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Last Updated: Thursday, 10 November 2005, 08:32 GMT
UK base rates 'to stay unchanged'
Base rates
The Bank of England's rate setting committee is expected to keep the cost of borrowing unchanged at 4.5% when it makes its announcement later Thursday.

Only a few weeks ago analysts predicted a rate cut in November, but that was before figures showed inflation rose to an eight-year high in September.

Inflation hit 2.5%, well above its 2.0% target, due to high oil prices.

Keeping a lid on inflation is a top priority for the BoE, despite pressure for a rate cut from business leaders.

Next week, the Bank of England will publish its Quarterly Inflation Report, which will give a clue as to its long-term thinking.

We believe the MPC will adjust interest rates higher in the New Year
Alan Clarke, economist, BNP Paribas

"Discussion at the meeting is likely to have been heavily influenced by the forthcoming inflation report," said Simon Rubinsohn, chief economist at Barclays.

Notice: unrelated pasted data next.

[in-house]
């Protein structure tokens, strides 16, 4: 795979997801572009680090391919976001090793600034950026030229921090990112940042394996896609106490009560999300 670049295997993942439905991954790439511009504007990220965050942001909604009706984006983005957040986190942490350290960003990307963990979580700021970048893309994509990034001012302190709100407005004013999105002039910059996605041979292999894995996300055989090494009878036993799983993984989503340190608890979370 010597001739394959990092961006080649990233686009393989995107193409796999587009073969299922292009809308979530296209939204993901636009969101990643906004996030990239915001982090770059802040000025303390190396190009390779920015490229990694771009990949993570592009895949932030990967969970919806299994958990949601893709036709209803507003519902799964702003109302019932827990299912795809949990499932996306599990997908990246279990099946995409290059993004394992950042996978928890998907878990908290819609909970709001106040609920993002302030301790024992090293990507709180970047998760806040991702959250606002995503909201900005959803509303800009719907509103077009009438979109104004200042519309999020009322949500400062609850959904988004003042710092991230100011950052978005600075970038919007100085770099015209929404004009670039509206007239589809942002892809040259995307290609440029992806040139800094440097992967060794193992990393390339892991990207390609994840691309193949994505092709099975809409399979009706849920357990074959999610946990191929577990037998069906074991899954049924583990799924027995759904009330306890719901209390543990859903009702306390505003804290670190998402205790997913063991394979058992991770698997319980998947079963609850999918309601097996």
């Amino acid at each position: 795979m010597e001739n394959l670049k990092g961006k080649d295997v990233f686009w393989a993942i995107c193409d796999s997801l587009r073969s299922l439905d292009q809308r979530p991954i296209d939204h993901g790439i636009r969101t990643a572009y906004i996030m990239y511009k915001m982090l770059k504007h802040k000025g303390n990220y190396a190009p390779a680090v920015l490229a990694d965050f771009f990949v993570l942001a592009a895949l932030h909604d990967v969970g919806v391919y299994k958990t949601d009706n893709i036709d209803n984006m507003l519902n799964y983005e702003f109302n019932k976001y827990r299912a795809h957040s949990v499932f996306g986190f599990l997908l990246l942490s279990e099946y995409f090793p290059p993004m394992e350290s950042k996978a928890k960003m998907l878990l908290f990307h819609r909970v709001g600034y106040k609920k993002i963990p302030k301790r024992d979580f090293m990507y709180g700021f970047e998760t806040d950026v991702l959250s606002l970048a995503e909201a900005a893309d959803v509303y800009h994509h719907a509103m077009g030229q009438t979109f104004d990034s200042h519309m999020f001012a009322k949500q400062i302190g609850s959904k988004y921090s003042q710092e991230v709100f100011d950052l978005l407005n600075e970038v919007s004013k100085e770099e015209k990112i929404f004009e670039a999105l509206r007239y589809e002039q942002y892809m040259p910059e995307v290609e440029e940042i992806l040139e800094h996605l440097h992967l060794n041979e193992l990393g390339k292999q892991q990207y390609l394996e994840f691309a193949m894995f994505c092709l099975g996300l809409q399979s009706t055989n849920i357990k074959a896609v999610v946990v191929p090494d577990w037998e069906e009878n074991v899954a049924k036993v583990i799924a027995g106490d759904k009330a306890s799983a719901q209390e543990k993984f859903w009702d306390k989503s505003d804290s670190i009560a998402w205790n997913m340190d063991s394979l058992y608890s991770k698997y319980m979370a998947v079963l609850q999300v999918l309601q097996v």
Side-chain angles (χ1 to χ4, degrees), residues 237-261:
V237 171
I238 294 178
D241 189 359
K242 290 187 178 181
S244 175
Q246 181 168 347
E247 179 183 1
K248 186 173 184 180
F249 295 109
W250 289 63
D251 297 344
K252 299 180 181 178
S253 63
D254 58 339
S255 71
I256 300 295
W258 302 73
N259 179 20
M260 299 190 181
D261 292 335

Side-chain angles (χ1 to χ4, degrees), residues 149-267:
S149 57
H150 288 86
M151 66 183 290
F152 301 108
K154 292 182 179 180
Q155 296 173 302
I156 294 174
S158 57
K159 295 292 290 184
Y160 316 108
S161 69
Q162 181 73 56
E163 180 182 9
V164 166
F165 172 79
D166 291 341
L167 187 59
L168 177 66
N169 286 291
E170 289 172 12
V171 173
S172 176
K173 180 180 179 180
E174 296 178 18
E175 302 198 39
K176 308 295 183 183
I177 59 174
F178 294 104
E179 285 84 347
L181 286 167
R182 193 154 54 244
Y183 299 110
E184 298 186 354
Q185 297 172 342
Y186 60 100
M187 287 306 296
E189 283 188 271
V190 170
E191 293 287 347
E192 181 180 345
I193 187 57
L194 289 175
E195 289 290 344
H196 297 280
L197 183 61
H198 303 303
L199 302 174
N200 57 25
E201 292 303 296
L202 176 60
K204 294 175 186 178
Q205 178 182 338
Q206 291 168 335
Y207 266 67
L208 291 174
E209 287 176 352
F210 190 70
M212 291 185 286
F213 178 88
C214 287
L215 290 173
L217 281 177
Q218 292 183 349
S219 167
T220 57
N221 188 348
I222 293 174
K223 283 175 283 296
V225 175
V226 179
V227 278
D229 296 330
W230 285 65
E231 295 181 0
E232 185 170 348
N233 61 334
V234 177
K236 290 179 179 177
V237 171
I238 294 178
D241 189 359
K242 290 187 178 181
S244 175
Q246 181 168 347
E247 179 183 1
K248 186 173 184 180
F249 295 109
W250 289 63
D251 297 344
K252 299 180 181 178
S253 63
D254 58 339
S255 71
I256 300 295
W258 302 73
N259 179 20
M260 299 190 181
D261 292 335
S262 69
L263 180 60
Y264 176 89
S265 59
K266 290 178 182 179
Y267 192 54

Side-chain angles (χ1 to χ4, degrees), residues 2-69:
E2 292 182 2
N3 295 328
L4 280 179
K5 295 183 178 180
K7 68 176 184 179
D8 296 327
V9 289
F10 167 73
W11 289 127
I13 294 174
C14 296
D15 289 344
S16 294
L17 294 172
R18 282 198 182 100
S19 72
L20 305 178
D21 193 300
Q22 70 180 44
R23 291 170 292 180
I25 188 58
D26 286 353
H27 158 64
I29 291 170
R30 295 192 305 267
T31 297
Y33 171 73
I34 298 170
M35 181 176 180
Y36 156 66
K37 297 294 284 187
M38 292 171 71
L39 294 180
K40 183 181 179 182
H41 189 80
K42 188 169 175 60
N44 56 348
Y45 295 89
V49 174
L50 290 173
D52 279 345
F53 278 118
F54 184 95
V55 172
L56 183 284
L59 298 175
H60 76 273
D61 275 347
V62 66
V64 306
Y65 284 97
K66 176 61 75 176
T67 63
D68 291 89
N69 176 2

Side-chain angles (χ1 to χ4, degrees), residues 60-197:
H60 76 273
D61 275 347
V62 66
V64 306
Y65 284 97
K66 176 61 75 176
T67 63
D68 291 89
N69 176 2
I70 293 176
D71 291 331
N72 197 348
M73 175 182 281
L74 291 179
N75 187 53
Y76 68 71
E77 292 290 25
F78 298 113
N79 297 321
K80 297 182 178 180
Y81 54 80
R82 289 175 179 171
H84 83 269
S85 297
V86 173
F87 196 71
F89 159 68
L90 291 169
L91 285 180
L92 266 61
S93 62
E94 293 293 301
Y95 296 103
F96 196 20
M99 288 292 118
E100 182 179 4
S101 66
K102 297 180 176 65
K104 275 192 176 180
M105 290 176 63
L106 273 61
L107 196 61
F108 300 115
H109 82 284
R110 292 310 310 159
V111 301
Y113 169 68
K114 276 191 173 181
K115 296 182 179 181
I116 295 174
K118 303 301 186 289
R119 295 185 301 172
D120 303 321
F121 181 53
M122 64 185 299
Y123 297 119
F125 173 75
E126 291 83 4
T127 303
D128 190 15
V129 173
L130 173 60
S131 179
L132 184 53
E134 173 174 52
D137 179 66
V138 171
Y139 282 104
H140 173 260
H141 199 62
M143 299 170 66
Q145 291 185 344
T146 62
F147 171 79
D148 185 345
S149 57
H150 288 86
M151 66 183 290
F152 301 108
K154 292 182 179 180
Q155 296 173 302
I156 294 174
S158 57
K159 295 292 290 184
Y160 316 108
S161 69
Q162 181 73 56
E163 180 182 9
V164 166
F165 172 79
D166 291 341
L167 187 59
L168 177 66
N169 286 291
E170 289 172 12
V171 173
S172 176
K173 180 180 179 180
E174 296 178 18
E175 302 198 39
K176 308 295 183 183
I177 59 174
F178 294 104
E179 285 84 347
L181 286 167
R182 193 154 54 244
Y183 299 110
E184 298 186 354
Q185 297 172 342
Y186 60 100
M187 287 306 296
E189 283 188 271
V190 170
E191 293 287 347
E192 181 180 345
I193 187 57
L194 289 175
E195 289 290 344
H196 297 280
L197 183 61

Waiting game

Another reason to keep rates unchanged this month will be official figures showing a better-than-expected 0.7% rise in retail sales in September.

Consumer demand appears to be stabilising despite ongoing complaints from retailers that the High Street is still a tough place to do business.

And there are signs of revival in the housing market after the sharp slowdown this year.

Bank of England Monetary Policy Committee
Inflation is likely to pre-occupy the nine-member committee

However, the manufacturing sector is still struggling - despite signs of greater demand in the euro zone - leading to pressure from industry leaders for an early rate cut.

The nine-member Monetary Policy Committee (MPC) voted unanimously to keep base rates on hold at 4.5% in October, according to minutes of last month's meeting.

Although most economists now believe that rates will be kept on hold until next year, they are divided on when the Bank will make another move.

"As the data continue to firm and upside risks to inflation build, we believe the MPC will adjust interest rates higher in the New Year," said Alan Clarke, economist at BNP Paribas.

The MPC last shifted base rates in August, moving them down a quarter point to stimulate economic growth.




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